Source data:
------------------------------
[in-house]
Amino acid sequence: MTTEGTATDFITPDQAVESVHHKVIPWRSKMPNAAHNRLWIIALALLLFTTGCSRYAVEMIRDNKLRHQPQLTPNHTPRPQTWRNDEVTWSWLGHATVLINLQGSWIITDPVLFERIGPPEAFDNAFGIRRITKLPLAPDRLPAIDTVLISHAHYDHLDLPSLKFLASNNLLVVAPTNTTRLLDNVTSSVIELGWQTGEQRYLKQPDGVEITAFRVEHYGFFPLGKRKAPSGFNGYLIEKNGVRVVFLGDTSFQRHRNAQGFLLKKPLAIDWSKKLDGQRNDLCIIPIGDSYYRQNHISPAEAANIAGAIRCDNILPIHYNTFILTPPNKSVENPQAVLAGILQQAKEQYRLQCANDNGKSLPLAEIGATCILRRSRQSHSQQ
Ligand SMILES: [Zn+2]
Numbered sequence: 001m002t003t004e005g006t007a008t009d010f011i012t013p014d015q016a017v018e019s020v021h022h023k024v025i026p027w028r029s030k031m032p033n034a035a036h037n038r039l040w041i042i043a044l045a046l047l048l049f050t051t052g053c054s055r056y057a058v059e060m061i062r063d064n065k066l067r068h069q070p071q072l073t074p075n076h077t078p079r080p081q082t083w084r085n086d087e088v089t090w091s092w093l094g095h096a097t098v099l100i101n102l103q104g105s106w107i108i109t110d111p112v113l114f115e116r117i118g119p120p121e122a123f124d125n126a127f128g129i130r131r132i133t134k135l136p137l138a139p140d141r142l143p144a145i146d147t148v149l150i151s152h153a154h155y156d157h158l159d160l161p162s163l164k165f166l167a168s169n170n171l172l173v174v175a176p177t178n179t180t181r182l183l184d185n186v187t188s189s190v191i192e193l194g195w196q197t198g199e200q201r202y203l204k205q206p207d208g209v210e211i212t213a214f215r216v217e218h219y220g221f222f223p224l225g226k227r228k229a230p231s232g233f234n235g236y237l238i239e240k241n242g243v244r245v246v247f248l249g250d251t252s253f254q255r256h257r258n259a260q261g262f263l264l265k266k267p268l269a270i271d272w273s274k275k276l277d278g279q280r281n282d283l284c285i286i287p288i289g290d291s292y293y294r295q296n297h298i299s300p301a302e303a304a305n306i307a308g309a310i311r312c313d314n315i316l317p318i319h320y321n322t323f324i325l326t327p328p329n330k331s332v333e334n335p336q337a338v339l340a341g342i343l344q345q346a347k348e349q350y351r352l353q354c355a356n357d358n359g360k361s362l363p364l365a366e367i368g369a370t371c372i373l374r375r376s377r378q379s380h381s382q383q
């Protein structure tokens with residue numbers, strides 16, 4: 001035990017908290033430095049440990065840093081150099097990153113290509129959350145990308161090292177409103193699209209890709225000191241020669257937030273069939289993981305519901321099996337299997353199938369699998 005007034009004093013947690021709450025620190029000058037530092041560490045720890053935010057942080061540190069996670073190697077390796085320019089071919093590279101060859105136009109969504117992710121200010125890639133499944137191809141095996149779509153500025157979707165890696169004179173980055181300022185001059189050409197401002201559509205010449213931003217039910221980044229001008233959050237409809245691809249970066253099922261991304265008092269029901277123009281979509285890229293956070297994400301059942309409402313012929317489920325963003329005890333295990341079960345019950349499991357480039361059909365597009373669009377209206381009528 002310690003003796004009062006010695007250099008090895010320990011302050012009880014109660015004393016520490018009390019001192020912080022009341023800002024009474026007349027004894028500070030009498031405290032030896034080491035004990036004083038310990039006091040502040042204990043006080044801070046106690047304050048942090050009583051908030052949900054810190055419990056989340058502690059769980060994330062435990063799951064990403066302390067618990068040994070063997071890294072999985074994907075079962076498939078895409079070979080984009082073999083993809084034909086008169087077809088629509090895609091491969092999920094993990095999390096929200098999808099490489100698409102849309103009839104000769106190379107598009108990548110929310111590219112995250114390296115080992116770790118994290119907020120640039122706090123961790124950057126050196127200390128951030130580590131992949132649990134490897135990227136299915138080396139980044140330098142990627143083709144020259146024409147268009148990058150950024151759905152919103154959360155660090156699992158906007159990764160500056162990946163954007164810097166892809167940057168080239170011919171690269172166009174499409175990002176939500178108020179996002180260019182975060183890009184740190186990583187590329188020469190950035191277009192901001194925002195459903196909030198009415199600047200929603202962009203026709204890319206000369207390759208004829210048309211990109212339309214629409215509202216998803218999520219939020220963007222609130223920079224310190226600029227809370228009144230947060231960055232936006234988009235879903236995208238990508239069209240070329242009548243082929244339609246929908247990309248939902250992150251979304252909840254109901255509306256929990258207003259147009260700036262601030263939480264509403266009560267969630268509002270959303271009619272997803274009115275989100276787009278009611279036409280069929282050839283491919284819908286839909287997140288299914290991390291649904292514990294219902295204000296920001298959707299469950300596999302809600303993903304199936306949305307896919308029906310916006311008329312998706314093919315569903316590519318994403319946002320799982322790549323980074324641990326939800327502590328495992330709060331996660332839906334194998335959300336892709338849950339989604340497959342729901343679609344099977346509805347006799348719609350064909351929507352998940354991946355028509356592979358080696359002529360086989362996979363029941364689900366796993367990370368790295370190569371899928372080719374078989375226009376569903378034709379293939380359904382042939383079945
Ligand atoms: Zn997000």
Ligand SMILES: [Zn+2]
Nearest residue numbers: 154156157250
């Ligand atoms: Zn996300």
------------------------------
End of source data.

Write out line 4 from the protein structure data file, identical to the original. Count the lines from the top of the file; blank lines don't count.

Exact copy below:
Numbered sequence: 001m002t003t004e005g006t007a008t009d010f011i012t013p014d015q016a017v018e019s020v021h022h023k024v025i026p027w028r029s030k031m032p033n034a035a036h037n038r039l040w041i042i043a044l045a046l047l048l049f050t051t052g053c054s055r056y057a058v059e060m061i062r063d064n065k066l067r068h069q070p071q072l073t074p075n076h077t078p079r080p081q082t083w084r085n086d087e088v089t090w091s092w093l094g095h096a097t098v099l100i101n102l103q104g105s106w107i108i109t110d111p112v113l114f115e116r117i118g119p120p121e122a123f124d125n126a127f128g129i130r131r132i133t134k135l136p137l138a139p140d141r142l143p144a145i146d147t148v149l150i151s152h153a154h155y156d157h158l159d160l161p162s163l164k165f166l167a168s169n170n171l172l173v174v175a176p177t178n179t180t181r182l183l184d185n186v187t188s189s190v191i192e193l194g195w196q197t198g199e200q201r202y203l204k205q206p207d208g209v210e211i212t213a214f215r216v217e218h219y220g221f222f223p224l225g226k227r228k229a230p231s232g233f234n235g236y237l238i239e240k241n242g243v244r245v246v247f248l249g250d251t252s253f254q255r256h257r258n259a260q261g262f263l264l265k266k267p268l269a270i271d272w273s274k275k276l277d278g279q280r281n282d283l284c285i286i287p288i289g290d291s292y293y294r295q296n297h298i299s300p301a302e303a304a305n306i307a308g309a310i311r312c313d314n315i316l317p318i319h320y321n322t323f324i325l326t327p328p329n330k331s332v333e334n335p336q337a338v339l340a341g342i343l344q345q346a347k348e349q350y351r352l353q354c355a356n357d358n359g360k361s362l363p364l365a366e367i368g369a370t371c372i373l374r375r376s377r378q379s380h381s382q383q